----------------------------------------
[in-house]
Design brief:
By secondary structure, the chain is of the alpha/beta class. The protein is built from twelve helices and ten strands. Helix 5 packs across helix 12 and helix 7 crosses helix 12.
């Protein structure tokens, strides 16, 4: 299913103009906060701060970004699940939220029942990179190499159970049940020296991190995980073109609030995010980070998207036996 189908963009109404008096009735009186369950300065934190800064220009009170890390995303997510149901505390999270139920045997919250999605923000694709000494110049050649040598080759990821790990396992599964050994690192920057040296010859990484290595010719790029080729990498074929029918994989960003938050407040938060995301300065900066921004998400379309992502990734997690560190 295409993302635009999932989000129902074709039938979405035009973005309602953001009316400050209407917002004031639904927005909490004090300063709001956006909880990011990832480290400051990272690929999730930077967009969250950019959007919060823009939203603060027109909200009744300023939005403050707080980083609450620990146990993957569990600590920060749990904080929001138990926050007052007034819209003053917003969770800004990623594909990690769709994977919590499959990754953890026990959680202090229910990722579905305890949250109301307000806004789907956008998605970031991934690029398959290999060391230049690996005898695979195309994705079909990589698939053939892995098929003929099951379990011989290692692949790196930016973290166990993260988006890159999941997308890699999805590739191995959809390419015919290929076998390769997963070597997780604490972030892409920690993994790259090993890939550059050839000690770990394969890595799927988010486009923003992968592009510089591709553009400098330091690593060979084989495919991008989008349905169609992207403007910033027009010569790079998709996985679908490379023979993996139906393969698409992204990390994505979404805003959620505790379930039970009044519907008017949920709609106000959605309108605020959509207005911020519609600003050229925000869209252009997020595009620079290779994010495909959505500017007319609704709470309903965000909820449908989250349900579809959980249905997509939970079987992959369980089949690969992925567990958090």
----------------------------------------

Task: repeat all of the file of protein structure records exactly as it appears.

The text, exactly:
[in-house]
Design brief:
By secondary structure, the chain is of the alpha/beta class. The protein is built from twelve helices and ten strands. Helix 5 packs across helix 12 and helix 7 crosses helix 12.
């Protein structure tokens, strides 16, 4: 299913103009906060701060970004699940939220029942990179190499159970049940020296991190995980073109609030995010980070998207036996 189908963009109404008096009735009186369950300065934190800064220009009170890390995303997510149901505390999270139920045997919250999605923000694709000494110049050649040598080759990821790990396992599964050994690192920057040296010859990484290595010719790029080729990498074929029918994989960003938050407040938060995301300065900066921004998400379309992502990734997690560190 295409993302635009999932989000129902074709039938979405035009973005309602953001009316400050209407917002004031639904927005909490004090300063709001956006909880990011990832480290400051990272690929999730930077967009969250950019959007919060823009939203603060027109909200009744300023939005403050707080980083609450620990146990993957569990600590920060749990904080929001138990926050007052007034819209003053917003969770800004990623594909990690769709994977919590499959990754953890026990959680202090229910990722579905305890949250109301307000806004789907956008998605970031991934690029398959290999060391230049690996005898695979195309994705079909990589698939053939892995098929003929099951379990011989290692692949790196930016973290166990993260988006890159999941997308890699999805590739191995959809390419015919290929076998390769997963070597997780604490972030892409920690993994790259090993890939550059050839000690770990394969890595799927988010486009923003992968592009510089591709553009400098330091690593060979084989495919991008989008349905169609992207403007910033027009010569790079998709996985679908490379023979993996139906393969698409992204990390994505979404805003959620505790379930039970009044519907008017949920709609106000959605309108605020959509207005911020519609600003050229925000869209252009997020595009620079290779994010495909959505500017007319609704709470309903965000909820449908989250349900579809959980249905997509939970079987992959369980089949690969992925567990958090």